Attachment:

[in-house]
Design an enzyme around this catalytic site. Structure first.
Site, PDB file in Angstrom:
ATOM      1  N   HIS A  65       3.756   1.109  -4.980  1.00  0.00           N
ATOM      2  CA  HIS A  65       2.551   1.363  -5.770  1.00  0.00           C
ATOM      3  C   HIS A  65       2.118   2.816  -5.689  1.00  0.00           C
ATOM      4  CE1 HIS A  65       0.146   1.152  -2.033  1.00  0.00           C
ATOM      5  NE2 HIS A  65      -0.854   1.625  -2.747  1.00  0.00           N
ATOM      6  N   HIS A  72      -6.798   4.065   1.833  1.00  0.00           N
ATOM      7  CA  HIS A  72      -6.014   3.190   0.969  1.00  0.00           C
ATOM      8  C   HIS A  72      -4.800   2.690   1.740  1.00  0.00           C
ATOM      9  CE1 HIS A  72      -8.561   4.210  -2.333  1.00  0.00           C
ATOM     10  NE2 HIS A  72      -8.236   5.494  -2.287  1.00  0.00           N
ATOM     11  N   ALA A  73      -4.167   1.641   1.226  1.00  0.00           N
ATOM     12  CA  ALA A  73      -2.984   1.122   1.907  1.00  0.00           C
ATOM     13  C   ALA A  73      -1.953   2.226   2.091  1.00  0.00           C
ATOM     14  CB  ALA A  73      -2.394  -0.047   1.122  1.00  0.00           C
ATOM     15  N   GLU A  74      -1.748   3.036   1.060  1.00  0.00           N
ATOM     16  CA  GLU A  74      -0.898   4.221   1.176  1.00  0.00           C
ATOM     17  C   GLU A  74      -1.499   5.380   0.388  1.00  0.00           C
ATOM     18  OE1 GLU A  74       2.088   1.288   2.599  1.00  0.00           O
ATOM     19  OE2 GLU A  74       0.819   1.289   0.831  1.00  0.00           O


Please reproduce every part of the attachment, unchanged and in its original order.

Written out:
[in-house]
Design an enzyme around this catalytic site. Structure first.
Site, PDB file in Angstrom:
ATOM      1  N   HIS A  65       3.756   1.109  -4.980  1.00  0.00           N
ATOM      2  CA  HIS A  65       2.551   1.363  -5.770  1.00  0.00           C
ATOM      3  C   HIS A  65       2.118   2.816  -5.689  1.00  0.00           C
ATOM      4  CE1 HIS A  65       0.146   1.152  -2.033  1.00  0.00           C
ATOM      5  NE2 HIS A  65      -0.854   1.625  -2.747  1.00  0.00           N
ATOM      6  N   HIS A  72      -6.798   4.065   1.833  1.00  0.00           N
ATOM      7  CA  HIS A  72      -6.014   3.190   0.969  1.00  0.00           C
ATOM      8  C   HIS A  72      -4.800   2.690   1.740  1.00  0.00           C
ATOM      9  CE1 HIS A  72      -8.561   4.210  -2.333  1.00  0.00           C
ATOM     10  NE2 HIS A  72      -8.236   5.494  -2.287  1.00  0.00           N
ATOM     11  N   ALA A  73      -4.167   1.641   1.226  1.00  0.00           N
ATOM     12  CA  ALA A  73      -2.984   1.122   1.907  1.00  0.00           C
ATOM     13  C   ALA A  73      -1.953   2.226   2.091  1.00  0.00           C
ATOM     14  CB  ALA A  73      -2.394  -0.047   1.122  1.00  0.00           C
ATOM     15  N   GLU A  74      -1.748   3.036   1.060  1.00  0.00           N
ATOM     16  CA  GLU A  74      -0.898   4.221   1.176  1.00  0.00           C
ATOM     17  C   GLU A  74      -1.499   5.380   0.388  1.00  0.00           C
ATOM     18  OE1 GLU A  74       2.088   1.288   2.599  1.00  0.00           O
ATOM     19  OE2 GLU A  74       0.819   1.289   0.831  1.00  0.00           O